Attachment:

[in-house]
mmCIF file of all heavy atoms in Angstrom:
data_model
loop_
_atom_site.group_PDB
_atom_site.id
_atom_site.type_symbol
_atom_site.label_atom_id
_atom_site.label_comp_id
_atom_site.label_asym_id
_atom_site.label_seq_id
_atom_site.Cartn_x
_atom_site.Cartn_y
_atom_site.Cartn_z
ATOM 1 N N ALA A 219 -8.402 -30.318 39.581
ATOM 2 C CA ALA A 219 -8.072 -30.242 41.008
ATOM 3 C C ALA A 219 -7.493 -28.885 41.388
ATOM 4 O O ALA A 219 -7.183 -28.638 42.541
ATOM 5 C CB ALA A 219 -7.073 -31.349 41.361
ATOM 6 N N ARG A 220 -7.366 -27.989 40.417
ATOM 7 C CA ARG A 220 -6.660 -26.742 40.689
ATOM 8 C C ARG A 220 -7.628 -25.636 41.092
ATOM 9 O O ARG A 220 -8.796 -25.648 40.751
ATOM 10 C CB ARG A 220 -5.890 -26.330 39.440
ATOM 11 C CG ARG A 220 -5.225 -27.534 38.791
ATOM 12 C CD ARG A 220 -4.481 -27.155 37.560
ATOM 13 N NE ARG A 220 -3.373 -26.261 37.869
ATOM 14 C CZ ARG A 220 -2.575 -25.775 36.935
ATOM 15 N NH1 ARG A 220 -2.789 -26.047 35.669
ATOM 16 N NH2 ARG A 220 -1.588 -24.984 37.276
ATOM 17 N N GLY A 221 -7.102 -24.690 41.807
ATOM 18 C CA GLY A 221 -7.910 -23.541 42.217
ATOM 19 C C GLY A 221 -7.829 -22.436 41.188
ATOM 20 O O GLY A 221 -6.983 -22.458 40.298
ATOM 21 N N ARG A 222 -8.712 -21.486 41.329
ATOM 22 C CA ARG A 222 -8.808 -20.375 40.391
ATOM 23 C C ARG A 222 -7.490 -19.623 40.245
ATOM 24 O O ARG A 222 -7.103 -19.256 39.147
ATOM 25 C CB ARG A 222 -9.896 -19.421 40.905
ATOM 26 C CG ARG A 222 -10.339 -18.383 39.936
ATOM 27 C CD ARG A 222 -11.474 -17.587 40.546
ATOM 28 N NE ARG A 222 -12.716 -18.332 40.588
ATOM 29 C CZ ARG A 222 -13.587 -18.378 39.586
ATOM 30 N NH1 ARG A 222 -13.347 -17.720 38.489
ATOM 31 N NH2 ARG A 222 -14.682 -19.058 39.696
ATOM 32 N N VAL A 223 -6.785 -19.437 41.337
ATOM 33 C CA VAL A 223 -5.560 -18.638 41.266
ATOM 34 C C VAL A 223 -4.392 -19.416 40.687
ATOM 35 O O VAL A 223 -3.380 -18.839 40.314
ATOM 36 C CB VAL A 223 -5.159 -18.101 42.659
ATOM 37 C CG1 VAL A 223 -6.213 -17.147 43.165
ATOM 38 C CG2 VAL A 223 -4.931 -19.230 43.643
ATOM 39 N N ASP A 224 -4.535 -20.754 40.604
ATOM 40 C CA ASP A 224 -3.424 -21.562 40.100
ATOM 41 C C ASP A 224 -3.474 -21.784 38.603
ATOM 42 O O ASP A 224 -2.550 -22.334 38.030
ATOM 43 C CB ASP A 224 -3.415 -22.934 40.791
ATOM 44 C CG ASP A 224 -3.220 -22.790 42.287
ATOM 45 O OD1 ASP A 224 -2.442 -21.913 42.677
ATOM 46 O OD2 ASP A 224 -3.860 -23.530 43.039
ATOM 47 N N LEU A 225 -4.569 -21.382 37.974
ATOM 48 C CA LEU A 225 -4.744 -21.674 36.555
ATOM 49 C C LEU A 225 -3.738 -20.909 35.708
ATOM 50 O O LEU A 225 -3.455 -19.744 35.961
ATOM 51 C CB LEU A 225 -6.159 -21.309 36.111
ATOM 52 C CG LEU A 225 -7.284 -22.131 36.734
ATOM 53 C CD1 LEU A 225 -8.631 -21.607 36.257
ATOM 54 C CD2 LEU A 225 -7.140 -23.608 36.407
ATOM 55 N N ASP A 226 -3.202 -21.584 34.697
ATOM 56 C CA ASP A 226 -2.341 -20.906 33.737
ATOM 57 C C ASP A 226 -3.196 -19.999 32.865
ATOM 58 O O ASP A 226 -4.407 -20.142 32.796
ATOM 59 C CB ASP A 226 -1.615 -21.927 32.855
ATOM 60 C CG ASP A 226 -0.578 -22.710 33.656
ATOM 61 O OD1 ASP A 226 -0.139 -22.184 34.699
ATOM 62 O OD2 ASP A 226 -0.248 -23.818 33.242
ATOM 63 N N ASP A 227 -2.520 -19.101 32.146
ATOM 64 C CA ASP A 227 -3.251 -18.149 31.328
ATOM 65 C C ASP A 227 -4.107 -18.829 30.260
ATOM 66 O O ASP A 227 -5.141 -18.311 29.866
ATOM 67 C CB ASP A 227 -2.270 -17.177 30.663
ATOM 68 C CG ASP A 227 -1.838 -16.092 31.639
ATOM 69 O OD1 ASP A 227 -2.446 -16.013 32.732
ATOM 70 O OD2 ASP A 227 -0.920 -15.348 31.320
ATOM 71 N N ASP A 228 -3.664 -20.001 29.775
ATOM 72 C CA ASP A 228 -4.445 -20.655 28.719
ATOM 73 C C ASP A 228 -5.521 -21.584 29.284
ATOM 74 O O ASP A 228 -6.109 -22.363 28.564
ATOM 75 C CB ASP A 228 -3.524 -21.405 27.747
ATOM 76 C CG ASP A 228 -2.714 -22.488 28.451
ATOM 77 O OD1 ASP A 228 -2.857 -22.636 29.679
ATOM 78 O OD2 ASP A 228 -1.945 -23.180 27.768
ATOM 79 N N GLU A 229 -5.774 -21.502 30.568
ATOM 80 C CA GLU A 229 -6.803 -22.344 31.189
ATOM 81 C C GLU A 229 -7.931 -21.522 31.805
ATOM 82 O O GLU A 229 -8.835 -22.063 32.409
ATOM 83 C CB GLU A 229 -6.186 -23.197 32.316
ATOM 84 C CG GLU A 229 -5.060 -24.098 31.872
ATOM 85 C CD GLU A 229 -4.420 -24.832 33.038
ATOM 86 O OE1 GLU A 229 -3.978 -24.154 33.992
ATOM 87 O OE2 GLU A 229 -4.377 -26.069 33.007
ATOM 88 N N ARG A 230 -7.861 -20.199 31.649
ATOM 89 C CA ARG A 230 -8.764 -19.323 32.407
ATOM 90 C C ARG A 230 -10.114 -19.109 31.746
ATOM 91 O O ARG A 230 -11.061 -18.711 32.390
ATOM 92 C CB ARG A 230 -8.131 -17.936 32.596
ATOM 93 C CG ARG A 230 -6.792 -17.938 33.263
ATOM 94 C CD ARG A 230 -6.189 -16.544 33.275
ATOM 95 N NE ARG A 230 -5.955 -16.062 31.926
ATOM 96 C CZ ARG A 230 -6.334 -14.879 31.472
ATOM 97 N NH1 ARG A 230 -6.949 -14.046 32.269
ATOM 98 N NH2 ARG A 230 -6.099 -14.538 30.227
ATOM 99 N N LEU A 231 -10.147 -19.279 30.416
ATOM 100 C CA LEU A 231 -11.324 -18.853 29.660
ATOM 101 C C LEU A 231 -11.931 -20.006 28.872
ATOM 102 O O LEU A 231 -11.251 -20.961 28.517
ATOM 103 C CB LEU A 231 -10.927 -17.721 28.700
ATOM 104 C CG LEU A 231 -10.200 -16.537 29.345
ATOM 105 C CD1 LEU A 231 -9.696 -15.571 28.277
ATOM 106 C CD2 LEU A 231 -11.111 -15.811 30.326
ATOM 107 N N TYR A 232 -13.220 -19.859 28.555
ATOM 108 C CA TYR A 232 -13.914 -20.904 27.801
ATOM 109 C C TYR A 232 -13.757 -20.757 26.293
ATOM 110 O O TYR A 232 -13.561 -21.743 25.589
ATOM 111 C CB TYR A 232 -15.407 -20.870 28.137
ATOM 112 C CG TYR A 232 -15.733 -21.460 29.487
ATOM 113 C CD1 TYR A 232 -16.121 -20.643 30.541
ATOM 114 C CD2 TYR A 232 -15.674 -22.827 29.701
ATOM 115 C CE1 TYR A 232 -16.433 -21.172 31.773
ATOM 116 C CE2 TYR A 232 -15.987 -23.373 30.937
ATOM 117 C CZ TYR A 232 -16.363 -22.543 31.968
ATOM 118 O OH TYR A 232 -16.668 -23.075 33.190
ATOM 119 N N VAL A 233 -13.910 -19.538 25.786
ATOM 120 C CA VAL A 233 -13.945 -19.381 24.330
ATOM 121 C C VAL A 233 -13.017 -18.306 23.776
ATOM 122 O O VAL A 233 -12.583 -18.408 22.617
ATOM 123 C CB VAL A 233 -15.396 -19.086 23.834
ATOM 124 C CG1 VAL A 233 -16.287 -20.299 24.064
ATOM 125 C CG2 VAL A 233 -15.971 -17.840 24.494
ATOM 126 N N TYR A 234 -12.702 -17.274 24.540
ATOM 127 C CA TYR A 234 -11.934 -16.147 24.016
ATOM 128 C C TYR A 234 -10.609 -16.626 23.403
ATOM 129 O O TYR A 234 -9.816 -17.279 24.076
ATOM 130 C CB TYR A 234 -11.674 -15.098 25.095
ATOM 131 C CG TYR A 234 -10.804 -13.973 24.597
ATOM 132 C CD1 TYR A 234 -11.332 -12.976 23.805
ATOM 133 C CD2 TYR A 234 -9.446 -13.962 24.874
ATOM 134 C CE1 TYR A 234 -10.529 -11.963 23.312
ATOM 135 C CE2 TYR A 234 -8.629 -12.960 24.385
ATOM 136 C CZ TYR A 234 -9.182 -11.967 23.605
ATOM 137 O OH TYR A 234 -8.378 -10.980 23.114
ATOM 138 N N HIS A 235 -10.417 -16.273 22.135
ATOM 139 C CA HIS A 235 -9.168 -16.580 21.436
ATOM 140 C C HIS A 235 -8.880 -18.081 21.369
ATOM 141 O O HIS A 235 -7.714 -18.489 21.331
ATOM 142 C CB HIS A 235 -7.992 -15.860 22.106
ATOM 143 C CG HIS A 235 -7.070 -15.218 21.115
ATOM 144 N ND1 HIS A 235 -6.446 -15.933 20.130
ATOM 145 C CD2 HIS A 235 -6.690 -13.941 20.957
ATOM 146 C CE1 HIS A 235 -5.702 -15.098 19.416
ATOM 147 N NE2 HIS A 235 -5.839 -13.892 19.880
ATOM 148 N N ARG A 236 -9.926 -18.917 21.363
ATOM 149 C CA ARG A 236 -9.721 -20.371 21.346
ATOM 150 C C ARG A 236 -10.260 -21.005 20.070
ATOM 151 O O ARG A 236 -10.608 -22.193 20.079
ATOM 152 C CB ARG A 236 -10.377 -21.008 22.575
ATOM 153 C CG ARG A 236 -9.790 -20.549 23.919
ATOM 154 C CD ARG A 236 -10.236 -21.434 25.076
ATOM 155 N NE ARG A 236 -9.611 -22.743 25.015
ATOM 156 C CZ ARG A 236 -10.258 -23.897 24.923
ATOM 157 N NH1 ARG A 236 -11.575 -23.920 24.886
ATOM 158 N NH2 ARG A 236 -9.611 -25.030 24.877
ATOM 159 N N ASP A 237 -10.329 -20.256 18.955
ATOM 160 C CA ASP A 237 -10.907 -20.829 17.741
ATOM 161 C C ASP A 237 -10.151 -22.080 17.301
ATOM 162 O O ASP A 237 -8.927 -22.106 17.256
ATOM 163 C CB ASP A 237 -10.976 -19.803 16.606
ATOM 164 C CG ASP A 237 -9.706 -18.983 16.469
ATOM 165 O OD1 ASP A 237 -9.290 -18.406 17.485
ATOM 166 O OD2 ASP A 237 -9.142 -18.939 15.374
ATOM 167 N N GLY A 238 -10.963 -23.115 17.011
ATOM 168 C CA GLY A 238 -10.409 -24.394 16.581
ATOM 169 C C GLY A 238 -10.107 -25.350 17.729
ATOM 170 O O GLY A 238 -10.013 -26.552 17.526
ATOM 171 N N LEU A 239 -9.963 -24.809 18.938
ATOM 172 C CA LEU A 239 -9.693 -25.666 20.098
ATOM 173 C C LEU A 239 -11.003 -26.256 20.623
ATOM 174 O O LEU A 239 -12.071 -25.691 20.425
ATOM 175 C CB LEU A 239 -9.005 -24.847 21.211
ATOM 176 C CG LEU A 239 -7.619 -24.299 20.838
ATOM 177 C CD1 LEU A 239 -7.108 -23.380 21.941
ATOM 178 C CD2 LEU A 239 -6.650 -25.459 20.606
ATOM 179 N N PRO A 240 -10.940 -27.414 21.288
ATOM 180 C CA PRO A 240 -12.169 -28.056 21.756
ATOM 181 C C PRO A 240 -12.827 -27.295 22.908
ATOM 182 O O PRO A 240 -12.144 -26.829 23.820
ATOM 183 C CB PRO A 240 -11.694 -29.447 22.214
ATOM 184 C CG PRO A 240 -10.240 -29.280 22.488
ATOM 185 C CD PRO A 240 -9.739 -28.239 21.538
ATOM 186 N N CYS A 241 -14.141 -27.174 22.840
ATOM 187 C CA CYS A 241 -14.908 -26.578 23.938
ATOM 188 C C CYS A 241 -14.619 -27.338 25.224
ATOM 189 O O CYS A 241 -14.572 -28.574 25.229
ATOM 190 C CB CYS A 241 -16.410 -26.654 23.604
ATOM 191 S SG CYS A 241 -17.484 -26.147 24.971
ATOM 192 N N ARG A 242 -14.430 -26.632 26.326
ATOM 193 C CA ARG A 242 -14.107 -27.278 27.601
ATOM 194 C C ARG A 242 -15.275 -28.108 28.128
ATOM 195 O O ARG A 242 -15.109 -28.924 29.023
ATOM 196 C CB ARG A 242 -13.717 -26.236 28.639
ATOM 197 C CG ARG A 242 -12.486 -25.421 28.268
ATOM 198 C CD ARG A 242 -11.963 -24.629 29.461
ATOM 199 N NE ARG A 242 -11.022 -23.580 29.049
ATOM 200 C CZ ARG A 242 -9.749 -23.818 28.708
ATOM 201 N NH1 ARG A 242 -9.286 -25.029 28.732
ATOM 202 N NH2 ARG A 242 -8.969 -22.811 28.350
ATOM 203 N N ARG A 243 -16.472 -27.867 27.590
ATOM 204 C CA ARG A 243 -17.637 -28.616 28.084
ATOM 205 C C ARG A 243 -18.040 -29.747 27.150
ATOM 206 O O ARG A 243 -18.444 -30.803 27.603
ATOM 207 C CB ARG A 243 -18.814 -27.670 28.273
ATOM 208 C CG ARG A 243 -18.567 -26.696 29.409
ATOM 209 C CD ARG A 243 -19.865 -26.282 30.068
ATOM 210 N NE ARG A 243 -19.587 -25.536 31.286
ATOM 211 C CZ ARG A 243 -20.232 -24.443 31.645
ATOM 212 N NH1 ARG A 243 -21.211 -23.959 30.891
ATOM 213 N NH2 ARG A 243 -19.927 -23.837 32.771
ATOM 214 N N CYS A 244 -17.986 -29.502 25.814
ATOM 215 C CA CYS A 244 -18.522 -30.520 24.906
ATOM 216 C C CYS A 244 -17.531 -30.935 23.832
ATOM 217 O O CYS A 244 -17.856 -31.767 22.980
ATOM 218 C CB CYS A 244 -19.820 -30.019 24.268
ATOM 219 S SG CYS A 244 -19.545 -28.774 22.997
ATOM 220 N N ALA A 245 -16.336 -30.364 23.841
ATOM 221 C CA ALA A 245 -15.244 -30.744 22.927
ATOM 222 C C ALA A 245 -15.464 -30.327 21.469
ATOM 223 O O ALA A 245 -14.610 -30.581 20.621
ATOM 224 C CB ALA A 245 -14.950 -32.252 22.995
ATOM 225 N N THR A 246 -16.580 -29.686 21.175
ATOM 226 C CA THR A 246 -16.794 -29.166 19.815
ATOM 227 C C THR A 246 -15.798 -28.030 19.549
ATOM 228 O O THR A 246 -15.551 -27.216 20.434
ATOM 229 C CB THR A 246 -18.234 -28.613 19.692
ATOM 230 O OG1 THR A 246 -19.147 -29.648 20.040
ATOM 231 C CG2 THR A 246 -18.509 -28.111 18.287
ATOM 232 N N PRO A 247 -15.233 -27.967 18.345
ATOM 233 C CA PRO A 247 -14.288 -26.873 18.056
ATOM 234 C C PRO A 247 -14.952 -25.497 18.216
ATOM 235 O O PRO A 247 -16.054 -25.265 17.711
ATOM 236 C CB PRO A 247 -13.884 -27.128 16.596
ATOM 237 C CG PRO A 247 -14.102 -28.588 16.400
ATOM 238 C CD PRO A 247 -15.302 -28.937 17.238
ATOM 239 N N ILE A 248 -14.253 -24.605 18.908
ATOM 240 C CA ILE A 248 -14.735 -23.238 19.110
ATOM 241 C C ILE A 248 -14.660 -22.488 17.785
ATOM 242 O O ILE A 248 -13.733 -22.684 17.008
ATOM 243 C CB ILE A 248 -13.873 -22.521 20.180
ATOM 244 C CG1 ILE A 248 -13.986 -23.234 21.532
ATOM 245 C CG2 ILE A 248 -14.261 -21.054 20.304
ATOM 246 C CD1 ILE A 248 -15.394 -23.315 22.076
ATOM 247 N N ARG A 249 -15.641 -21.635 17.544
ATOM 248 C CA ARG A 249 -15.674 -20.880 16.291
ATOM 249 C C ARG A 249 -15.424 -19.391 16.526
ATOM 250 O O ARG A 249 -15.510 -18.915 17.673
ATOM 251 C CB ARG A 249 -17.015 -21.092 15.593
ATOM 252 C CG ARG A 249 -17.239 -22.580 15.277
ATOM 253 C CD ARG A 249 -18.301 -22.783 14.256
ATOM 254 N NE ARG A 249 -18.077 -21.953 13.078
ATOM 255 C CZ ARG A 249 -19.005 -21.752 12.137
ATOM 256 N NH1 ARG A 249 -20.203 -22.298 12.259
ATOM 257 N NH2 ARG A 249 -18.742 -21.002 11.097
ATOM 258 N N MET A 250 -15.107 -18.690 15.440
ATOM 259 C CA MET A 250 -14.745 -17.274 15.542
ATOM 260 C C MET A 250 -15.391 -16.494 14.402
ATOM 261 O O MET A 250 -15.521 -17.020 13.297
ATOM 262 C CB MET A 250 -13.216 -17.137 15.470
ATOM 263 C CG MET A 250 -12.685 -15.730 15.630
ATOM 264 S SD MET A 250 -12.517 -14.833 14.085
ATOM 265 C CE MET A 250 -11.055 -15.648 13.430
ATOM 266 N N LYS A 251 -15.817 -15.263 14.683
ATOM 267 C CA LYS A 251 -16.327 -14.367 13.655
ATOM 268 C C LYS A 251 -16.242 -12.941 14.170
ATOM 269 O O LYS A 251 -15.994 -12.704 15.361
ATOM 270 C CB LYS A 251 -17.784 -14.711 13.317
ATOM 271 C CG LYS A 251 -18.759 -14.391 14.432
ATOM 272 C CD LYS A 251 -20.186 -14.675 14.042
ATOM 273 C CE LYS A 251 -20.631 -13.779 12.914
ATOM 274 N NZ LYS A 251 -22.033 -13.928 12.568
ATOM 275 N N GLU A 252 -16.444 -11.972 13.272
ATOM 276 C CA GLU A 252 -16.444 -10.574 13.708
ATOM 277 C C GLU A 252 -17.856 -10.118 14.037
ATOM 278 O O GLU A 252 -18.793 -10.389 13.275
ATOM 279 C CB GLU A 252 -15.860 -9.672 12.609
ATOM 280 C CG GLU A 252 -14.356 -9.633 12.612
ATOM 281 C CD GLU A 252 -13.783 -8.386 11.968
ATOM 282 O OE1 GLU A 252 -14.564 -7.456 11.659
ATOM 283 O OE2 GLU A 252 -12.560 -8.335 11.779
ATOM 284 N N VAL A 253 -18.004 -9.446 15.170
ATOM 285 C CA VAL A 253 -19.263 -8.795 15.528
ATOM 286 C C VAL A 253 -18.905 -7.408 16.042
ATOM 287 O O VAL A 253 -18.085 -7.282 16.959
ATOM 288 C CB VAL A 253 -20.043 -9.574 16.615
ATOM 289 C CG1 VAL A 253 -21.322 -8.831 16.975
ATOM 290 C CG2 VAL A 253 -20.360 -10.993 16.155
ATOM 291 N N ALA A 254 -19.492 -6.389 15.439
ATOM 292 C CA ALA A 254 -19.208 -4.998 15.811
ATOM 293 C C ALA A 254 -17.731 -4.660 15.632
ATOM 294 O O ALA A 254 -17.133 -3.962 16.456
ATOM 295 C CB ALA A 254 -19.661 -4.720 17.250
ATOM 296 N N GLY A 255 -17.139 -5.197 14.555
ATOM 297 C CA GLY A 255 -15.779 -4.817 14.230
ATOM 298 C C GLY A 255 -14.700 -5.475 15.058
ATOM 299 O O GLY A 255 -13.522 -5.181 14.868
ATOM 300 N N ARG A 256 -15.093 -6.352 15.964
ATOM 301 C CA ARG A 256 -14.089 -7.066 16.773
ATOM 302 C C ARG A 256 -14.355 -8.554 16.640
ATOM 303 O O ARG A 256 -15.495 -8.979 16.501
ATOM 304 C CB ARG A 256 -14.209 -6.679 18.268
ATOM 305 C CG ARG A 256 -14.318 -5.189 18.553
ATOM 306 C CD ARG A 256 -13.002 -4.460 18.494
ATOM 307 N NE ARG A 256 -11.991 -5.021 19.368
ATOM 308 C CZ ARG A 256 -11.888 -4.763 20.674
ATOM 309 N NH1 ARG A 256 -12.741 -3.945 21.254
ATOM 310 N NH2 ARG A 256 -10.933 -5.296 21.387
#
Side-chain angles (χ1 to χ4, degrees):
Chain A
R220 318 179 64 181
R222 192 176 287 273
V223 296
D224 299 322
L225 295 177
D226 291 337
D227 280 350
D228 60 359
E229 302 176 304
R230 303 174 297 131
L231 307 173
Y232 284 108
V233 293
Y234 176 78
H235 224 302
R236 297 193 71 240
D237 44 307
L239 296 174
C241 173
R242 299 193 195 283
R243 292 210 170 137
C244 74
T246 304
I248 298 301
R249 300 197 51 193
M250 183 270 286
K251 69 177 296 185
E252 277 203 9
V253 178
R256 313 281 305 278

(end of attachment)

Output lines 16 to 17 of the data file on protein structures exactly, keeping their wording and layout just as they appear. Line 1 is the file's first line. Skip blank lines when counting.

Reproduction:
ATOM 2 C CA ALA A 219 -8.072 -30.242 41.008
ATOM 3 C C ALA A 219 -7.493 -28.885 41.388